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Jimmy Miller Memorial Foundation Looks Ahead Following Loss

Jul 15, 2023 08:48AM ● By Jeanne Fratello

A now-poignant photo from 2022 of Nancy Miller and Kevin Sousa at the Jimmy Miller Memorial Foundation's Benefiesta. Photo by Ken Pagliaro, courtesy of the Jimmy Miller Memorial Foundation.

The Manhattan Beach-based Jimmy Miller Memorial Foundation, still reeling from the untimely loss of its beloved program and clinical director Kevin Sousa, is looking ahead as it prepares to continue building its groundbreaking ocean therapy programs.

The foundation is set to host its biggest fundraiser of the year - the BeneFiesta - on July 22. Sousa will be honored with a special tribute at the event.

Sousa, an avid surfer and therapist who was a vibrant leader and steady presence within the foundation, passed away in May at age 52.

"The loss of Kevin Sousa leaves a gaping hole in the hearts of every person he touched in his years with the Jimmy Miller Memorial Foundation," said Nancy Miller, mother of Jimmy Miller and board member of the foundation. "We want to encourage the community to attend this very special event, honoring Jimmy, Kevin and the Ocean Therapy Program - inspired by Jimmy and conducted with love, empathy, intelligence, skill, and such devotion, by Kevin."

Sousa's Contributions Leave Lasting Impact

The foundation's namesake, Jimmy Miller, was a Manhattan Beach surf teacher and global surfing adventurer who spent his life sharing his joy of the ocean with others. In Manhattan Beach, he founded what is now Camp Surf, where he was dedicated to sharing his philosophy and the method he developed for teaching surfing. After Miller tragically took his own life in 2004, his family created the Jimmy Miller Memorial Foundation to preserve his memory and share his love for the ocean with others. 

Since then, the JMMF pioneered and formalized the concept of ocean therapy programs through surfing and therapy sessions led by licensed therapists who guide pre- and post- surfing "talking circles."  

JMMF is currently the largest provider of ocean and surf therapy programming in the world. It has continued to introduce new populations that have suffered from some form of mental and/or physical trauma to the healing power of the ocean.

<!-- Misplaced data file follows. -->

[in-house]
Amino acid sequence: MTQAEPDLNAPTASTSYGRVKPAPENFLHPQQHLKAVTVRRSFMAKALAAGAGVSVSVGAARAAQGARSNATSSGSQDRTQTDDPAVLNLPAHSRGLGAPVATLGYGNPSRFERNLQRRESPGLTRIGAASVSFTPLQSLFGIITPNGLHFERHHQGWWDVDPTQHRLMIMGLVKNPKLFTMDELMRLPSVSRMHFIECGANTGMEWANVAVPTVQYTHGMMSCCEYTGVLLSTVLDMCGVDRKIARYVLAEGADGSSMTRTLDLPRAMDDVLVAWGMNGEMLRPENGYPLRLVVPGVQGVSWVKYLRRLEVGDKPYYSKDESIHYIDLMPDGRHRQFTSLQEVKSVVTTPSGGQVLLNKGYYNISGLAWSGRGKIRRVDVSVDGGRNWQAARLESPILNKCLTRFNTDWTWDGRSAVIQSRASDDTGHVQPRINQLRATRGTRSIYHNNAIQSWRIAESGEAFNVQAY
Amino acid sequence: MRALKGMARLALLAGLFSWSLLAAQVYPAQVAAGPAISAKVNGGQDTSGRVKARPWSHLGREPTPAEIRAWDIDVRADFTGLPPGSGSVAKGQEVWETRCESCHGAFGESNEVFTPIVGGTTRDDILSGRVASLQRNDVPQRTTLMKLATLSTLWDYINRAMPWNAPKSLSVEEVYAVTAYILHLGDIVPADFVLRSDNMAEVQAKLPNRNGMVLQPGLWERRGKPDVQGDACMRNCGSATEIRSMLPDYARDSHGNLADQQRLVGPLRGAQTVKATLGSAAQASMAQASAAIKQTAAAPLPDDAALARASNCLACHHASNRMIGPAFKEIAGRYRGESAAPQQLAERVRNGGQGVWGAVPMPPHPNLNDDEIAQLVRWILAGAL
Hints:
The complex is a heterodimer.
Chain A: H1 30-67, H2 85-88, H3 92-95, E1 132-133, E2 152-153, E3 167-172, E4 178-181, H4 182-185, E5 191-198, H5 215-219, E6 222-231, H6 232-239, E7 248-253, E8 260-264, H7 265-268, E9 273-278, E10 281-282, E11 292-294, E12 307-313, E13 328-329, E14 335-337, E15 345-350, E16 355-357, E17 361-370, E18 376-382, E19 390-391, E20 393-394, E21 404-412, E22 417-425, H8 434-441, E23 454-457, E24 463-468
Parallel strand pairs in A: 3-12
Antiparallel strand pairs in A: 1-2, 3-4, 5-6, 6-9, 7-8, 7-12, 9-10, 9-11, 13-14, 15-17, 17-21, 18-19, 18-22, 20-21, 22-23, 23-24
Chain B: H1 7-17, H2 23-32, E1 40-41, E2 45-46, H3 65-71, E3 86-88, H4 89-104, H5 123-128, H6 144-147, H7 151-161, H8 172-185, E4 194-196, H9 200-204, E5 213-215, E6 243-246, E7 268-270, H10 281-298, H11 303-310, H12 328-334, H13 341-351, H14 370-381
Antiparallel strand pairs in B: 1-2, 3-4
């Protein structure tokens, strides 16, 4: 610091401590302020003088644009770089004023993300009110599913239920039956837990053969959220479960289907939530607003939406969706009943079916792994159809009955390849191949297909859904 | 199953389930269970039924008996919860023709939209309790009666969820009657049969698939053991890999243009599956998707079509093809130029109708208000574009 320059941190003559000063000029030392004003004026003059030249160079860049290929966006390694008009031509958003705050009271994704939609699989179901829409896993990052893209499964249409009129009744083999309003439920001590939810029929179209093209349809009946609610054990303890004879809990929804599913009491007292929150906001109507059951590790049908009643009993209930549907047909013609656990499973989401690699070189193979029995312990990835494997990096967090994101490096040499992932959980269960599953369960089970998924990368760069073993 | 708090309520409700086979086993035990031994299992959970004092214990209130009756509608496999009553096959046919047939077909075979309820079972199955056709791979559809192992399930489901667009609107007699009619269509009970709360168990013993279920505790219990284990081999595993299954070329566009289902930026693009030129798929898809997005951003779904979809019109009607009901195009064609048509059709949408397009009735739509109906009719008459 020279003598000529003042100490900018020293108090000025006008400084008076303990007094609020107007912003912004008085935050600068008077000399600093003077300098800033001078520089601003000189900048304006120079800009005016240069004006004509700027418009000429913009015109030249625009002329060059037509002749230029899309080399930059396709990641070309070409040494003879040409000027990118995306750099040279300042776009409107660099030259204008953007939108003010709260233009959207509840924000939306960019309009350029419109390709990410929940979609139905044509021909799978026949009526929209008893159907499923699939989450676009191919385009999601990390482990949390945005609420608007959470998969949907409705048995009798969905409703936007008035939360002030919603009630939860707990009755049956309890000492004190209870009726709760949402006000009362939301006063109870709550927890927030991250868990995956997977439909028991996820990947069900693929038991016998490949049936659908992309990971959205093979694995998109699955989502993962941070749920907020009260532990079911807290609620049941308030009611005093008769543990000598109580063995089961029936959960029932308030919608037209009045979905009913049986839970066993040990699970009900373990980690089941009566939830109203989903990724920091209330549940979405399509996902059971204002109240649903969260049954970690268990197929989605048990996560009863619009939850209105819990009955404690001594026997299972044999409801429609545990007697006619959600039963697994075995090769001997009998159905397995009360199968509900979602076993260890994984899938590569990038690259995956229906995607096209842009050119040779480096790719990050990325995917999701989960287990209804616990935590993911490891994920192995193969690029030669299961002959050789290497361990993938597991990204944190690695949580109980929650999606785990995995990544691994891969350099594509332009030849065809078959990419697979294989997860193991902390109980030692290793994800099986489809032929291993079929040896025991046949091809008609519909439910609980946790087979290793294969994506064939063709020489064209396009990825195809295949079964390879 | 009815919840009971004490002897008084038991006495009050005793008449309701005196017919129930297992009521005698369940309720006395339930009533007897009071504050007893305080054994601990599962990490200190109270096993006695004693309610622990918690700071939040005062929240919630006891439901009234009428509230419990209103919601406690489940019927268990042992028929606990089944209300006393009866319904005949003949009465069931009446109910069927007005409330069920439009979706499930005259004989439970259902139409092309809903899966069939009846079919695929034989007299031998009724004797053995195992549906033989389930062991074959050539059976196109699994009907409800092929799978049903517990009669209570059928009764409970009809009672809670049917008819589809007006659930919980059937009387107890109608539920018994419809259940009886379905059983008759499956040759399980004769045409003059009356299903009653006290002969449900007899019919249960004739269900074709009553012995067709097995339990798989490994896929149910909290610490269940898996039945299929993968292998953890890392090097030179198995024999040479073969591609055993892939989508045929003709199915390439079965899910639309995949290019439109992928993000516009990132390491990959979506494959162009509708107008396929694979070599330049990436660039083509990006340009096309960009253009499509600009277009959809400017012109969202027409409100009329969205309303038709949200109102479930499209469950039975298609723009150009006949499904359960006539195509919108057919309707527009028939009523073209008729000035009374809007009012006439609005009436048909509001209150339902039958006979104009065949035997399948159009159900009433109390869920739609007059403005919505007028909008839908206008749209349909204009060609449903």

Sousa formally joined JMMF in 2018 - almost through "serendipity," said Miller - at a time when the foundation was searching for a new clinical director to replace founding clinical director Carly Rogers.

"I was at the Manhattan Beach Library, searching for an old newspaper article that Jimmy had written in the Easy Reader in the late eighties," said Miller. "I had opened up the large bound volume...and on the front page of the Easy Reader was a photo of Kevin Sousa, on his paddle board at the Catalina Paddle. The headline was 'Surfing psychologist recovers from addiction and heals himself through paddling the 32-mile Catalina Paddle.' I eagerly read the article about Kev, as I knew him to be a great guy who had volunteered for JMMF, played guitar for our events, and was a surf teacher for Mira Costa. I had no idea he was a psychologist. A lightbulb went off...and by Friday, we had interviewed Kevin, consulted with our JMMF Board, and Kevin became our clinical director."

Miller continued, "In the years between that serendipitous discovery at the Manhattan Beach Library to the unspeakably horrible week in May, Kevin helped grow JMMF in immeasurable ways, from training new surf therapists and supervising their progress, to the day he passed."